Sustaining Balance Amidst Virtual Chaos | Monica Thakrar | Skillshare

Sustaining Balance Amidst Virtual Chaos

Monica Thakrar, Organizational Consultant and Coach

Sustaining Balance Amidst Virtual Chaos

Monica Thakrar, Organizational Consultant and Coach

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7 Lessons (28m)
    • 1. Introduction

      2:21
    • 2. Resilience

      6:11
    • 3. Mindfulness Activity

      3:21
    • 4. Setting Healthy Boundaries

      6:47
    • 5. Living Out Healthy Daily Habits Assessments

      3:17
    • 6. Living Out Healthy Daily Habits Taking Action

      5:10
    • 7. Wrap Up

      1:16
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About This Class

Are you struggling with working from home trying to balance work and family commitments? Has the virtual environment caused a lot of stress and uncertainty for you? Come and learn three skills on how to Sustain Balance in Virtual Chaos. These skills include: how to build up your resilience, set healthy boundaries, and build healthy habits. 

Meet Your Teacher

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Monica Thakrar

Organizational Consultant and Coach

Teacher

Hello, I'm Monica. I am an organizational consultant and coach based in Washington DC. I have 18 years of experience working with medium and large scale corporate and government clients leading large scale change, teaching leadership classes focused on soft skills such as  emotional intelligence, conflict resolution, presentation skills, and mindfulness. I also am an executive coach helping leaders gain skills and grow in their leadership journey.  I am most passionate about helping leaders and organizations grow into their fullest potential. Sample clients include Marriott, NASA, MedStar, National Science Foundation, and Columbia University.

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Transcripts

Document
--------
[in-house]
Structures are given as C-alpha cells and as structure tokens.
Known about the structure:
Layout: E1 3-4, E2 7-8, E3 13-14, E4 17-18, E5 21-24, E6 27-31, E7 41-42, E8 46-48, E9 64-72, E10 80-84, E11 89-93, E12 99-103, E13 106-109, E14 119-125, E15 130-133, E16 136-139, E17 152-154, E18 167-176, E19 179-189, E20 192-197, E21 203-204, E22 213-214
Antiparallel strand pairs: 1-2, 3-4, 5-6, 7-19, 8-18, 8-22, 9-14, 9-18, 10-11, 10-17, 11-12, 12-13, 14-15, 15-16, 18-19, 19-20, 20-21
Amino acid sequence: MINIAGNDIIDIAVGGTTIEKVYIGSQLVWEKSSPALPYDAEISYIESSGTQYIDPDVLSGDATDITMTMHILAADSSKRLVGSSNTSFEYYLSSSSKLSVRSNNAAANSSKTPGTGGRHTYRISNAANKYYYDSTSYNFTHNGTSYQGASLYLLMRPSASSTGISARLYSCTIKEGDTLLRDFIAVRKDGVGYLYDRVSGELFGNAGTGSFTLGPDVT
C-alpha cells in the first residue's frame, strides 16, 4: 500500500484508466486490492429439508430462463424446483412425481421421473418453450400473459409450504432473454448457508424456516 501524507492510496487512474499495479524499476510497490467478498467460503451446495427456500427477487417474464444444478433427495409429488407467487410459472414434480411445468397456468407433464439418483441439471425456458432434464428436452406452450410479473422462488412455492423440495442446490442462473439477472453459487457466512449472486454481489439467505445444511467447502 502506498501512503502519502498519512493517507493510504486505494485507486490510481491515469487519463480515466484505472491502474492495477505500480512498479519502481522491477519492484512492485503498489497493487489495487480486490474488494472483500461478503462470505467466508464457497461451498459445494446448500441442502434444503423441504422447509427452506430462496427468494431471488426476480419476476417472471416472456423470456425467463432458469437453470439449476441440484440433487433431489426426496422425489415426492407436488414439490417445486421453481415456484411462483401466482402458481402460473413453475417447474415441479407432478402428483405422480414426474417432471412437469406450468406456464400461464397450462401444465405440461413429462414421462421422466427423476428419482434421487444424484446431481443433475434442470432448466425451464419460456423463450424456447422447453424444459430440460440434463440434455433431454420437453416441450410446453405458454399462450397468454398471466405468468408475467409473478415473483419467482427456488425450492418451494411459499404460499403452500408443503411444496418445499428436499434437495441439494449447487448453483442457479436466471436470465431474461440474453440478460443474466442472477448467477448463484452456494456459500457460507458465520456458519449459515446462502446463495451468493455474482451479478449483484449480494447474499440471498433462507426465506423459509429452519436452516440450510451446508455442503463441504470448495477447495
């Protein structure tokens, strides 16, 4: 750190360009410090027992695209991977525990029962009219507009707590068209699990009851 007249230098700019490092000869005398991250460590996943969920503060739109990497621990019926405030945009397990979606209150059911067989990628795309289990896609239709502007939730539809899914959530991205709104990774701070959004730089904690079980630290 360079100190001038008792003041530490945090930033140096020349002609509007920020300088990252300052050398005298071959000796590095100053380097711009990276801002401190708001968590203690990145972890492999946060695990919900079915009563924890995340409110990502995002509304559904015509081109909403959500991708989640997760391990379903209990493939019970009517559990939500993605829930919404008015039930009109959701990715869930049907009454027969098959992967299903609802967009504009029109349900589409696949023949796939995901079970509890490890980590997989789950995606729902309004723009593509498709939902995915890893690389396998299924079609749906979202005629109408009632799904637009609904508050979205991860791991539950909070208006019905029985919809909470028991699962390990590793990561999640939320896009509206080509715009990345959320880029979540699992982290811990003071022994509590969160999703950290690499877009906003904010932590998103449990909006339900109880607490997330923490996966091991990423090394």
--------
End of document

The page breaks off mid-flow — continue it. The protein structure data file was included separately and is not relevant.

1. Introduction: Hello, I am Monica Tucker, R. For the last 20 years I've been working as an organizational consultant and coach, specializing and leadership in the Federal and commercial sectors. And now I'm also a mindfulness instructor for this course on sustaining balance amidst virtual chaos, on partnering with John reared him, who's an amazing leadership trainer and team effectiveness consultant who I have the pleasure of partnering with today. You're going to be glad I did. Finding balance between our work and our lives can be a challenge in any circumstance, moving into a suddenly virtual work environment presents a whole new set of challenges as the divide between personal and professional disappears, stressors from homes suddenly invade our work and pressures from work, or literally with us in our homes. And less virtual meetings and constant reliance on technology have their own draining factors which are multiplied when others in your home or experiencing the same stressors. It's a battle to identify healthy strategies, demarcate healthy boundaries and protect healthy balance. In this course will offer three fundamental strategies that will help you create and sustain balance in the midst of the chaos. First, we'll focus on building resilience, recognizing and managing stress in yourself and, and others in order to find a sustainable pace as you encounter variety of pressures. Next will emphasize the importance of setting healthy boundaries, defining what's okay and what's not okay in the various relationships in our lives. And third, will encourage you to establish and live out healthy daily habits. These daily activities that bring oxygen into our stressful situations and keep us physically, mentally, emotionally, and spiritually balanced. There's a few questions for reflection in the workbook to help get you started. We hope this course proves helpful and navigating these challenging and strenuous times. Turned to page three in the workbook, a quick self-assessment with regard to how well balanced or out of balance you're feeling right now in each of these areas. On page four, describe more specifically where you're feeling balanced and what's helping you, and where you're feeling out of balance and why. And finally, consider what forces or factors you're currently facing that make it hard for you to sustain balance. 2. Resilience: So during challenging times, it is normal to experience increased stress. Stresses the body's response to a perceived threat or challenge whether conscious or even subconscious. And it can show up in various physical ways. Assessing our physical state, maybe the easiest way to determine if stresses being built up. You might feel back pain, neck pain. I know sometimes I have restless sleep. In the physical round. Stress can show up as fight, flight or freeze. In the fight mode, we can become argumentative or even aggressive, especially in the way others experience us. In flight mode. We might distract ourselves and focus on other things or distance ourselves from the present. And in freeze mode, we might shut down all together or avoid the threat entirely. Without a way to deal with the stress, it can build up an impact us in all kinds of negative ways. So in order to sustain balance amidst the virtual chaos and combat the stress, we've gotta build up resilience. Resilience is the ability to bounce back from challenging situations and to have the wisdom to know when does set a boundary and effectively adapt to change and thrive. One way to build up resilience is to manage our emotions and regulate our mood by being mindful. In other words, ONE your emotions, but don't let your emotions own you. So I walked into a Barnes and Noble bookstore and I saw a book titled mindfulness for fidgety skeptics by Dan Harris. Well, I was immediately intrigued and had to buy the book. Harris is a well-known reporter who experienced an anxiety attack on live television and discovered the practice of mindfulness. He likens managing his thoughts and emotions to a lion tamer trying to control a wild animal that resonated for me. Monika is well-versed in the practice of mindfulness. She's gonna walk us briefly through the intent behind the practice and then give you an example of a mindfulness exercise you can use anytime, anywhere. Mindfulness is being aware, paying attention in the present, in the mind and body with an attitude of curiosity and kindness. It's really being in the now, rather, rather than having our mind wander, worrying about something in the past or being anxious about something in the future. Being in the now is really the only place we can manage our stress. One tool we can use to become resilient as the stop method. Stops stands for stop. Three breaths. Observe and proceed. Let's walk through each step. Now. The first step is stop. So often when we are in stress, we will go into fight, flight or freeze mode, as mentioned earlier. But if we can just stop, we can pause in the middle those responses and slow things down. The second step is three breaths. By taking three belly breaths, we can physiologically shift the emotions in the body and become more present to the moment. It also gives time for our brain to move from the amygdala or the emotionally hijacked part of the brain, the one that gets triggered to relax and move back into the prefrontal cortex or the more rational side of the brain will now take three breaths together. So take a deep breath in. And as you breathe out, feel the breath. Now ticket. Take a deep breath in. And as you breathe out, feel the body. And now let's take a deep breath in. And as you breathe out, set an intention. The third step is observed. In the observed step, we'll check in with the body thoughts and feelings through a short guided mindfulness practice. At the bottom of page six in the workbook, there's a link to the guided mindfulness exercise. I recommend you pause this video and take part in the three-minute guided mindfulness activity now. And remember, you can use this exercise anytime you need it. The final step is proceed. Once you've slowed down your body and mind, we have the option to now step back, reflect, shift perspectives, create options and respond flexibly. Often in stressful situations, we react without thinking about things. The stop practice is a great way to slow things down and respond much more effectively, thereby showing resilience. So when we practice mindfulness, this can be done in an integrated fashion, does not always have to be sitting in a corner practicing meditation. I understand that you have children at home, phones ringing off the hook meeting after meeting after meeting those three belly breaths you can take at any moment. As a leader, it's critical to watch and listen for signs of stress in yourself, but it's also part of your role as a leader to support others as they manage their own stress levels. Your team members, colleagues, your supervisor, and of course, your own family members are likely to be all experiencing their own various levels of stress in the midst of disruptions. Ask them how they're doing, and then listen, encourage, and support them to notice and manage their own stress levels and find balance in their own lives. Take out your workbook and turn to page six. Now that you have practiced the stop practice, think of a challenge you are currently facing at work or around balance. Journal your answers to the two following questions. Take three minutes for each question. And without lifting up your pen or taking a pause, keep writing for the entire time. If you can't think of anything to write after awhile, right? I can't think of what to write next until more thoughts arise. 3. Mindfulness Activity: Please sit with your back straight. Feet on the floor and eyes closed. Taking a deep breath in and out. Another deep breath in and out. And now begin by noticing your body. Your feet, and your toes, your calves, and your thighs. You're growing. And your abdomen, your chest, arms, hands and fingers of 3-year lower back, mid back, and upper back. Noticing your neck and your shoulders all the way through, up through your jaw and your head. Bringing a small smile to your face. Just relaxing the whole body. Now bringing attention to your thoughts. Whether good thoughts or bad thoughts, just let them come. Not pushing away any of the thoughts, just allowing them to arise and allowing them to go and coming back into the here and the now. Now bring attention to your feelings. Whether pleasant or unpleasant. Just let them come, allowing the feelings to wash through you and remaining in the here and the now. Again, bringing your attention back into the body, take a deep breath in and out. One more deep breath in and out. And whenever you're ready, you can come on back. 4. Setting Healthy Boundaries: All the good strategies in the world are useless if I don't set healthy boundaries, boundaries around my work, with my supervisor and my colleagues and with my family. They're essential to healthy personal and professional relationships and thus to a healthy, balanced life. So what are boundaries? Well, consider what boundaries are in the physical realm. Obviously offense or a stone wall is a boundary between properties. But even yellow lines on the highway or a boundary, there's simply a demarcation of what should be on one side, what should stay on the other. And our personal and professional lives, boundaries are harder to define because there are often intangible. Well, imagine life without boundaries. The boundary less swamp, where everyone invades your space and takes your things. Expectations are forced upon you at all times of day and night by everyone in your life. You might feel like you're living that way right now. The opposite extreme is a life full of razor wire fences. These are dangerous, damaging, and threatening. They sound like extreme ultimatums. I will never speak to you again, or you're dead to me. Or perhaps you're fired or I quit and an emotional outburst. These are examples of unhealthy boundaries, but it's also unhealthy to not have any boundaries at all. So what is a healthy boundary as burn a brown, One of my favorite authors defines it as healthy boundaries are simply a delineation of what's okay and what's not okay. A healthy boundary means is an appropriate for the context and carries appropriate positive consequences if upheld and negative consequences if breached. In an affirming positive relationship, boundaries may be quite flexible and relatively minimal with consequences as simple as hey, we agreed we do X, but it's not happening. Can we recommit to that? In most everyday personal and professional relationships, there is a need for some degree of boundaries when it comes to clarifying expectations, coordinating work, utilizing resources, and any other area where boundaries can be helpful. In these relationships, boundaries ought to have some degree of structure, strength and appropriate consequences, but with flexibility. So the boundary can be adjusted as the relationship continues. Ideally, these boundaries would be agreed upon by both parties. These could be called operating agreements or a set of norms and behaviors that guide a working relationship. I highly recommend that you define a set of operating agreements with key colleagues and with your team as a whole, and maybe even at home. I know these can be helpful. There's a link to several examples of team operating agreements in the workbook. When it comes to positive and negative consequences in these relationships, what is appropriate will depend on the power dynamic in the relationship. With your children. You can establish consequences by removing privileges or the like with your boss. On the other hand, you probably don't want to come across as threatening, rather make a request and ask for what you need. In very difficult or destructive relationships, very firm, or even absolute boundaries with very clear consequences are warranted to ensure that health is protected. I will not tolerate this behavior. If you continue, we will need to part ways or I have documented this event and if it happens again, I will speak to authorities. If you're facing a serious or damaging situation, gets support right away to set boundaries. Do not go it alone. So where could you benefit from setting some healthy boundaries? In the workbook, there's a worksheet for you to consider various relationships with several examples of what healthy boundaries might look like. Consider applying, how are things with your supervisor? Are there any areas that could benefit from a Boundaries conversation? Do you have clear agreement on when you're expected to respond to requests or what access they have to your scheduled is set up meetings. Obviously, there are sensitivities to setting boundaries with your boss. So you may want to consider how to appropriately broached the subject. What about your team? Have you established operating agreements with your team members collectively and perhaps individually if needed. Think about key colleagues that you work with regularly. Might your working relationship benefit from some specific boundaries? And how about your personal relationships going to have balance? It's got to include relationships at home. When is it okay for someone to interrupt your work? When is it not okay. In these days of multiple family members working in schooling from home, boundaries are more important than ever for everyone. And finally, when it comes to having a Boundaries conversation, prepare, and practice, you wouldn't dream of taking the field for a challenging opponent without preparing or playing a difficult piece of music, without practicing over and over. To prepare, gather your thoughts and write them out. Get input from someone you trust to check your thinking. Try to articulate your perspective in a clear, calm, firm, and non-threatening manner. Practice. Ask a family member or friend who you trust to walk through the conversation with you, have them articulate the worst possible response. Practice pausing the conversation and stepping away. If it doesn't go well, then practice a more likely response so that you're prepared to carry on a healthy dialogue. Practice, articulating the boundary request and the consequences, and asking for their perspective and practice standing firm, even if they don't agree. Additional resources in the workbook. If you'd like to have guidance in preparing for some challenging boundaries conversations. On page nine in the workbook, you'll find some examples of what a healthy boundaries conversation might sound like. On page ten, there's a worksheet where you can write out a first draft of what a healthy boundaries conversation could sound like in various relationships. Consider which relationships could benefit from setting boundaries. Describe the situation, and draft a boundary request. Consider what consequences might follow if the boundary is respected or if it is not respected. 5. Living Out Healthy Daily Habits Assessments: As he started to think about healthy habits, let's first get a baseline of where you currently are. As we look at what can help us to build these healthy habits, we can look at it from four different types of habits, physical, emotional, mental, and spiritual. On pages 1112 in the workbook, you'll find a tool that will help you assess your current state of balance. The circle is split into four quadrants. Emotional, spiritual, mental, and physical. On this scale, write yourself from a one not very healthy to attend, very healthy. For each of the sections. You can see an example on page 11. When you start thinking about this assessment tool, I want you to determine where you are in terms of healthy habits for each of these four quadrants, let me outline what good healthy habits look like at each of these areas before you proceed in assessing yourself. Healthy habits in the physical segment include things like exercise, nutrition, sleep, as well as keeping up our physical energy, all the things we know. Right. But did you know that only sleeping for five to seven hours a night over a period of time increase the blood alcohol level to 0.08%. This is almost like you're walking around legally drunk. How many of you are getting seven to eight hours of sleep a night? We might know these are healthy habits, but practicing them may be hard, especially during this chaotic time. Now let's move to the emotional quadrant. Healthy habits here include things like having a healthy community to share and support each other. Practicing mindfulness, which we just got a taste of, connecting with a sort of support group and having people that you can share things with. Being emotionally balanced looks like being able to manage your stress and having just enough stress to get things done. Mental area, we can look at expanding our mindset by reading different journals, listening to different podcasts are TED talks and engaging with different kinds of people that'll stretch our boundaries. This area also includes practices such as visualization and positive thinking, expanding and exercising our mental capacities. Finally, on the spiritual side, this doesn't necessarily mean religion, but for some people it might. Prayer, spiritual reading and music are deeply encouraging for many. For others, this could mean reflecting on your own values, actively living your life on purpose, understanding and practicing interconnectedness with people and giving back to others. On page 1112, you'll find the healthy habits. We'll consider your habits in each quadrant, physical, emotional, mental, and spiritual. Where do you have healthy daily habits? And where do you have unhealthy habits? Rate yourself on a scale of one to ten in each area, with one being not good and up to ten being, I'm doing great. Once you've rated yourself in each area is step back and consider if your wheel is balanced or out of balance. Write your answers to the questions that follow on page 13. In the next segment, we'll discuss the critical importance of building healthy habits into our daily lives to sustain balance. And we'll offer some practical ideas for you to consider. 6. Living Out Healthy Daily Habits Taking Action: So if you've ever flown on a commercial flight, you may recall the safety message. If the cabin loses pressure, oxygen masks will fall from the ceiling. Place your mask on your face and breathe normally, and then assist those around you. And Southwest Airlines, they say if the oxygen mask falls from the ceiling, stop screaming, place the mask over your face to your favorite child and help them. Think about it. It's such an incredibly powerful metaphor for what it means to live a healthy, balanced life in the midst of a chaotic and stressful world. Why is it that they instruct you to put your own oxygen mask on first? Isn't that incredibly selfish? Shouldn't you help your children first? Shouldn't you help your spouse or someone next to you? The obvious answer is no. Why? Because if you don't put your own oxygen mask on first, you will very quickly become part of the problem and everyone else will have to help you think about how this applies to living out healthy habits that bring you balance. If you don't make it a point to get oxygen in your life, literally and figuratively, you will quickly become part of the problem rather than being able to help others, you will be the one who needs assistance rather than being able to assist others. This point seems painfully obvious. So why does so many of us have such a hard time putting healthy habits into place? One obvious answers, self-discipline. There are often challenges when it comes to being disciplined around avoiding unhealthy practices and choosing healthy options. However, another powerful barrier to daily healthy habits is the unhealthy habit of putting other demands ahead of our own well-being, ahead of our own oxygen mask. Rather than going out to exercise, I stay home and help the kids with their homework. Rather than taking a peaceful quiet break from work, give into the temptation to respond to more of the endless emails. Rather than shut down my work at a healthy time, I slip into the unhealthy habit of going longer and longer to the point of fatigue or even exhaustion. You've got to get your head around one particular effect. It is not selfish for you to prioritize your health and well-being. And in fact, it's exactly the opposite. It's the best thing you can do for everyone else around you. It's not selfish for you to take time to exercise is essential. It's not selfish for you to insist unhealthy nutrition options. It's critical. It's not selfish for you to take time for your own well-being. It's the best thing you can do for everyone and encourage others to do the same. Put your own oxygen mask on first and then assist others around you. So what drains you and what brings you oxygen? What drains me as these back to back virtual meetings all day long or I feel like I'm talking to a lot of people but still not getting the same energy back like I do in the classroom, it leaves me exhausted, drained, and completely depleted. What gives me oxygen, however, is my daily workouts, even though it's on zoom. I'm with my best friend and who's in another city and we got to re-energize, work out, and start the day off really well. One thing that really drains me is all the digital details, the constant looking for the next appointment link, trying to figure out whether it's a Zoom meeting or a WebEx meeting or a Teams meeting or whatever. And try and make sure I'm in the right connection at the right time, finding the right documents and the right folder on the right drive. I find I have to build in breaks between virtual meetings, step away from the screen and get some fresh air. When it comes to getting oxygen. For me, it's the outdoors. I love a walk or a run in the morning when it's fresh and cool and get my blood flowing for the day. Whenever I can. I take my laptop out on the back deck and work outside. This past weekend, I took my son up to the mountains and we just sat by the river and did nothing, which is a big deal for me. It was incredibly refreshing. Gets some oxygen into your daily habits. Even though there may be some activities that you can't access right now, there are endless possibilities for you to consider and take action on. Look back at your initial self-assessment on page 12. Consider where you most want to invest in bringing some oxygen into your life by strengthening your daily habits. In the workbook on pages 1516, there is a list of ideas in each area, physical, emotional, mental, and spiritual. Choose from this list or add your own ideas that will work for you. Talk with family, friends and colleagues, and look online for articles, videos, and books to get ideas that will work for you and your specific situation. Take action on building healthy daily habits in various areas to bring healthy balance to your life. 7. Wrap Up: There are ideas for going deeper on page 17 to help you and other sustained balance. And a long list of excellent resources on page 18 that you can use to dive more deeply into any of the topics we've discussed. Thanks for joining John and I in this course, sustaining balance amid some virtual chaos. I hope this was helpful in building up the three skills that we spoke about today. Resilience, healthy boundaries, and creating healthy habits. Just as a reminder, we can integrate these skills into everything that we're doing all the time. We don't have to be sitting off in the corner and meditating while children are running around the house. But we can just take three belly breasts and take a pause or connect with somebody that we love, a friend or a family member, or even our dog, and allow our emotional self to get rejuvenated. Even in this chaos, we can bring joy and balance back into our lives amidst the chaos that we're currently living in.